» 14 months ago, # |   +117 OK. Now I maybe understand kostka's comment about existing editorial in Polish which is (in his opinion) better than Radewoosh's post.I'm sorry, but your post is as incomprehensible as wiki article. The main reason for that article on wiki is hard to understand for us is that Berlekamp's algorithm initially was for BCH decoding and it was formulated in terms of Coding theory. But then Massey understood that this algorithm is applicable for solving arbitrary linear recurrences. His article is free and contains detailed proofs. AND IT IS IN ENGLISH. Like, readable English, you know.I can't understand anything from your post. And I cannot see any excuses like in Berlekamp's case. Even code is not helping. If you are writing this code for others in order to help them understand some algorithm, how about using good variable naming, writing comments in substantial lines and use goddamn spaces? Maybe even make it slower, make everything as explicit as possible without changing complexity. For example, you say that this algorithm build answer for every prefix of the sequence. Why not store answer for each prefix? It is not bad for complexity.Thanks to Merkurev who understood the algorithm after it was used in one of the problems in Petrozavodsk training camp and then shared Massey's article.
•  » » 14 months ago, # ^ |   +33 Feedback is a good thing, and I agree with most of your points. But for me, this seems too demanding from an article writer who already devoted a lot of times. Like, should he learn English because of this?Btw, which contest in Petrozavodsk camp used this algorithm? I'm curious :p
•  » » » 14 months ago, # ^ |   +49 Petrozavodsk winter 2018, ITMO contest (day 2), F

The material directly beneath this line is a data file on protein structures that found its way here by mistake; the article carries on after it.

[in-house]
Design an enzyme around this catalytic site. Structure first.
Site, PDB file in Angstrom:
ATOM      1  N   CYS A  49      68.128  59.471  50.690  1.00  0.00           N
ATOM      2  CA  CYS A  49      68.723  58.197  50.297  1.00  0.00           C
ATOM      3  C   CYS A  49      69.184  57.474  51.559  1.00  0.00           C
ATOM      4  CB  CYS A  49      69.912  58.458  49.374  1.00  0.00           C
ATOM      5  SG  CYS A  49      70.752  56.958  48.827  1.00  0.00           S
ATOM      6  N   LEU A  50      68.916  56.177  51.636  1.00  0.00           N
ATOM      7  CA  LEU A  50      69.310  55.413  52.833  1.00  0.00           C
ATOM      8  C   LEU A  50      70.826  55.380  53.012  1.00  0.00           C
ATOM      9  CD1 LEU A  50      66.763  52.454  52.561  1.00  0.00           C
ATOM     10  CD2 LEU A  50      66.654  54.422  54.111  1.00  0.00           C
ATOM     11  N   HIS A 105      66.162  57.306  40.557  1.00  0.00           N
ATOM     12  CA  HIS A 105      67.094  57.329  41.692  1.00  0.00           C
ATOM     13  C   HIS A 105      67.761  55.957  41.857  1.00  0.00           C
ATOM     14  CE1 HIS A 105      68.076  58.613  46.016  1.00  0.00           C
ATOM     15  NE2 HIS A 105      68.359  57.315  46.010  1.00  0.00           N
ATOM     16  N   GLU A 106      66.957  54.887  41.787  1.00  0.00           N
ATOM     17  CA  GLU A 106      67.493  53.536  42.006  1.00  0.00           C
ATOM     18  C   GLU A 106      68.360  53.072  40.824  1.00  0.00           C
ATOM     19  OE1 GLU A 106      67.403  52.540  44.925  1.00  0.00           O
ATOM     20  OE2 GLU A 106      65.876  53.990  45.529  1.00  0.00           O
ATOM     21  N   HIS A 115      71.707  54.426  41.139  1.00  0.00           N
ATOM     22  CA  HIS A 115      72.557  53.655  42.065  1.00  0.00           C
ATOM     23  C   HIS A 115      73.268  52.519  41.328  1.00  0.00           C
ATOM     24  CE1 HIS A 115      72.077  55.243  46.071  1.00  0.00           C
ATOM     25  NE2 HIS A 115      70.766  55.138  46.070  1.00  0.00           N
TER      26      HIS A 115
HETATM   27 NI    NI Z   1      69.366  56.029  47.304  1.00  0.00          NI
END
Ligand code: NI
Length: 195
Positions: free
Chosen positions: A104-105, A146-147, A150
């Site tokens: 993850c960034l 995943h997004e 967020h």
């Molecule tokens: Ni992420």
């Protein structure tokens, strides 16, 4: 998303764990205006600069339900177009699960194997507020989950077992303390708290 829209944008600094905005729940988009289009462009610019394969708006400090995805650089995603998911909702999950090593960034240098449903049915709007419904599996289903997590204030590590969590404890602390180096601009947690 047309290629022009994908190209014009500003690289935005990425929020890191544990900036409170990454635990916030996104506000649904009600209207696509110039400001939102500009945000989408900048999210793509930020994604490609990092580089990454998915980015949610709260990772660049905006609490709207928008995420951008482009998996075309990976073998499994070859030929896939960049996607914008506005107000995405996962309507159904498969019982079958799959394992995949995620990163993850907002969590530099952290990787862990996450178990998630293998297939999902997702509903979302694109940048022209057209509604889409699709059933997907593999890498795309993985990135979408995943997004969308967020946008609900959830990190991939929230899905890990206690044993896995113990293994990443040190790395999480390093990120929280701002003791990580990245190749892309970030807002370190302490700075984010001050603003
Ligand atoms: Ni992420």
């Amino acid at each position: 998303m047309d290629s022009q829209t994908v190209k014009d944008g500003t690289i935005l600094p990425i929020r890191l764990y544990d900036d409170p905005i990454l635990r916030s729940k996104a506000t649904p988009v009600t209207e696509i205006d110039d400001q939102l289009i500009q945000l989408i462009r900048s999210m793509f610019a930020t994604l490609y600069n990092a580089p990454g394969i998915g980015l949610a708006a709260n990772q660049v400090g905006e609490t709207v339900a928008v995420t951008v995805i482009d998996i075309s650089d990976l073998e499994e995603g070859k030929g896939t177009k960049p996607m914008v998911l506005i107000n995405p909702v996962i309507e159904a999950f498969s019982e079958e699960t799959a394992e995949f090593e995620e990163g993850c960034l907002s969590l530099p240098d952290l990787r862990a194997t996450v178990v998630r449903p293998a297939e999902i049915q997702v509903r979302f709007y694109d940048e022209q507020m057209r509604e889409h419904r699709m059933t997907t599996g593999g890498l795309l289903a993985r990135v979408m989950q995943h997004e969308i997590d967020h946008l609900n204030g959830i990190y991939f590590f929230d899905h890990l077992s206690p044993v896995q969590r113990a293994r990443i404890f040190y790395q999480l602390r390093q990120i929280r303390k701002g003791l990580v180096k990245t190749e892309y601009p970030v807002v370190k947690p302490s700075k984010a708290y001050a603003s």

•  » » » » 14 months ago, # ^ |   +5 Thanks, is the problem available online? And if, can you please share the link?
•  » » » » » 14 months ago, # ^ |   0 No, Petrozavodsk contests usually are not available online. However, you can find this contest and a lot of others on opentrains. To register on this judge you should contact with snarknews.
•  » » 14 months ago, # ^ |   +63 I tried to explain things clearly. Anyway, my English is rather poor. I'll try if there's something that can be improved.About the code, I just copy-pasted it from my own template, I'll try to make it clearer.
 » 14 months ago, # |   +16 This race for contributions is very healthy. We are getting lots of informative blogs about algorithms and tricks. I think all red coders should do this.Thank you fjzzq2002, Radewoosh and all others who are trying so hard.
 » 14 months ago, # | ← Rev. 4 →   +49 As a Chinese high school student, I find the article much more readable than those in authentic English.Because all we Chinese high school students speak Chinglish in the same strange way :P
 » 14 months ago, # |   0 You've got it!